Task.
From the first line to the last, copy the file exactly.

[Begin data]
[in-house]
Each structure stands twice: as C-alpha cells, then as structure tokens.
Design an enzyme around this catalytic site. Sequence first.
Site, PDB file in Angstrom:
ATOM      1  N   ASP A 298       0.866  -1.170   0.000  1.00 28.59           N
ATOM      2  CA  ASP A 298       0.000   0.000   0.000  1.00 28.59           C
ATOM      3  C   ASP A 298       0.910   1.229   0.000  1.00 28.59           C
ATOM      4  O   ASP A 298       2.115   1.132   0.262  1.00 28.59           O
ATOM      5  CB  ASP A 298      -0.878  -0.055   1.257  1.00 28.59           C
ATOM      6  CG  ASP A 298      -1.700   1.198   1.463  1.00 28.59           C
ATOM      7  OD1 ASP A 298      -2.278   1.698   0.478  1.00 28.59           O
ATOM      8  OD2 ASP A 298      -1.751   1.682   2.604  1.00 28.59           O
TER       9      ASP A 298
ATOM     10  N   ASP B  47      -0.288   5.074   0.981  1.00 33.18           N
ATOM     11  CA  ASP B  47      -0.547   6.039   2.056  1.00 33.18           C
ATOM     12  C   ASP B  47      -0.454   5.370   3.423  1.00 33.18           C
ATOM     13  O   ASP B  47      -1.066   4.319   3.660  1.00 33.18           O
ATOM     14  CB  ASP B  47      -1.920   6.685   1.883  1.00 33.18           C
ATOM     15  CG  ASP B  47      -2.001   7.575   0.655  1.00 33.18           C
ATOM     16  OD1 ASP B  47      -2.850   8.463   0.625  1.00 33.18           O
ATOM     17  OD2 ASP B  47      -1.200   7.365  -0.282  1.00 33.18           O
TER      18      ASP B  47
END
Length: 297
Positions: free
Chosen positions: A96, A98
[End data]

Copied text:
[in-house]
Each structure stands twice: as C-alpha cells, then as structure tokens.
Design an enzyme around this catalytic site. Sequence first.
Site, PDB file in Angstrom:
ATOM      1  N   ASP A 298       0.866  -1.170   0.000  1.00 28.59           N
ATOM      2  CA  ASP A 298       0.000   0.000   0.000  1.00 28.59           C
ATOM      3  C   ASP A 298       0.910   1.229   0.000  1.00 28.59           C
ATOM      4  O   ASP A 298       2.115   1.132   0.262  1.00 28.59           O
ATOM      5  CB  ASP A 298      -0.878  -0.055   1.257  1.00 28.59           C
ATOM      6  CG  ASP A 298      -1.700   1.198   1.463  1.00 28.59           C
ATOM      7  OD1 ASP A 298      -2.278   1.698   0.478  1.00 28.59           O
ATOM      8  OD2 ASP A 298      -1.751   1.682   2.604  1.00 28.59           O
TER       9      ASP A 298
ATOM     10  N   ASP B  47      -0.288   5.074   0.981  1.00 33.18           N
ATOM     11  CA  ASP B  47      -0.547   6.039   2.056  1.00 33.18           C
ATOM     12  C   ASP B  47      -0.454   5.370   3.423  1.00 33.18           C
ATOM     13  O   ASP B  47      -1.066   4.319   3.660  1.00 33.18           O
ATOM     14  CB  ASP B  47      -1.920   6.685   1.883  1.00 33.18           C
ATOM     15  CG  ASP B  47      -2.001   7.575   0.655  1.00 33.18           C
ATOM     16  OD1 ASP B  47      -2.850   8.463   0.625  1.00 33.18           O
ATOM     17  OD2 ASP B  47      -1.200   7.365  -0.282  1.00 33.18           O
TER      18      ASP B  47
END
Length: 297
Positions: free
Chosen positions: A96, A98